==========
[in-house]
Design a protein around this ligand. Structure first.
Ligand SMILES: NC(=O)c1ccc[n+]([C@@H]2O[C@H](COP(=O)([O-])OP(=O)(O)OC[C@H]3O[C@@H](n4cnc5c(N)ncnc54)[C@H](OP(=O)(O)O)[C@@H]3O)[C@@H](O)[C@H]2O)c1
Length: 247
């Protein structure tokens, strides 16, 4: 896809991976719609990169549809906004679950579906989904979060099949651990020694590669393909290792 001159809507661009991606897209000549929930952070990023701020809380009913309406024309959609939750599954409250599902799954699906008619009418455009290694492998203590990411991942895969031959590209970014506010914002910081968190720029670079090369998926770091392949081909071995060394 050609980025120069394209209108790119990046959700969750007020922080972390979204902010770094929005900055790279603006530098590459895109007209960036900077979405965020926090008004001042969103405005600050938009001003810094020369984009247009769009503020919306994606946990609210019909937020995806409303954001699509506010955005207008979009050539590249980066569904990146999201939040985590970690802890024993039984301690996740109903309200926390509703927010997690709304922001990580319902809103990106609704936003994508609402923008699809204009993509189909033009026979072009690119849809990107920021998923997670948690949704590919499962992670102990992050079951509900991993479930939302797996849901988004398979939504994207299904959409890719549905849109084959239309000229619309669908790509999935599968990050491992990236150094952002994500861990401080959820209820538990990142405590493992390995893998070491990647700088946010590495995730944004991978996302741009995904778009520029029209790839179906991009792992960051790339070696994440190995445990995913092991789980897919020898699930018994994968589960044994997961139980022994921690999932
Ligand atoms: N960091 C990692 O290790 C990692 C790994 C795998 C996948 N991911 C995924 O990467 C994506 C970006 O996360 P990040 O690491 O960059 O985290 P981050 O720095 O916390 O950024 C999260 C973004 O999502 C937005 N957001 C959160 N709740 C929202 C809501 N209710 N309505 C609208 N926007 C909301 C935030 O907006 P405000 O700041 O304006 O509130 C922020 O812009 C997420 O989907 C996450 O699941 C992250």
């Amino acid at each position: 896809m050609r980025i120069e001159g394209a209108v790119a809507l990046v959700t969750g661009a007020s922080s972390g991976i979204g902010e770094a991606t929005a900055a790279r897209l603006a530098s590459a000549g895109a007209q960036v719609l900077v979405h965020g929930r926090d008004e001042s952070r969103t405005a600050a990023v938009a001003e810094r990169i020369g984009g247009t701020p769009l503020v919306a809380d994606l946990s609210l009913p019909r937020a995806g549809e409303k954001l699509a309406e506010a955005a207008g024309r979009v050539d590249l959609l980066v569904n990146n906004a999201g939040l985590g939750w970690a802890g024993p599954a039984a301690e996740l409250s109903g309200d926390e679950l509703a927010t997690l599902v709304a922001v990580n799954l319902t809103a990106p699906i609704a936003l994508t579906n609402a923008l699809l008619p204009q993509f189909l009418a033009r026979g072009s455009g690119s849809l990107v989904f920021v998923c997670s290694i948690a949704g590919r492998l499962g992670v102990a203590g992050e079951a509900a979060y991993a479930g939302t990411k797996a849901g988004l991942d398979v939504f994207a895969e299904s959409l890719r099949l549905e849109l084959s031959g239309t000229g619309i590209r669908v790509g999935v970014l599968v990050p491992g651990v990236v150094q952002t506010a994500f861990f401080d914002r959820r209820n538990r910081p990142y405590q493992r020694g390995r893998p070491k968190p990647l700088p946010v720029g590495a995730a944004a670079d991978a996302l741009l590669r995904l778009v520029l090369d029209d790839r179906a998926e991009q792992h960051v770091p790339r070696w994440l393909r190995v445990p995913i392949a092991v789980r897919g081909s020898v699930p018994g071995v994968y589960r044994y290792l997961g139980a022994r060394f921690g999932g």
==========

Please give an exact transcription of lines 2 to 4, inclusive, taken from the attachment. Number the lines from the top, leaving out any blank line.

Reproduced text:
Design a protein around this ligand. Structure first.
Ligand SMILES: NC(=O)c1ccc[n+]([C@@H]2O[C@H](COP(=O)([O-])OP(=O)(O)OC[C@H]3O[C@@H](n4cnc5c(N)ncnc54)[C@H](OP(=O)(O)O)[C@@H]3O)[C@@H](O)[C@H]2O)c1
Length: 247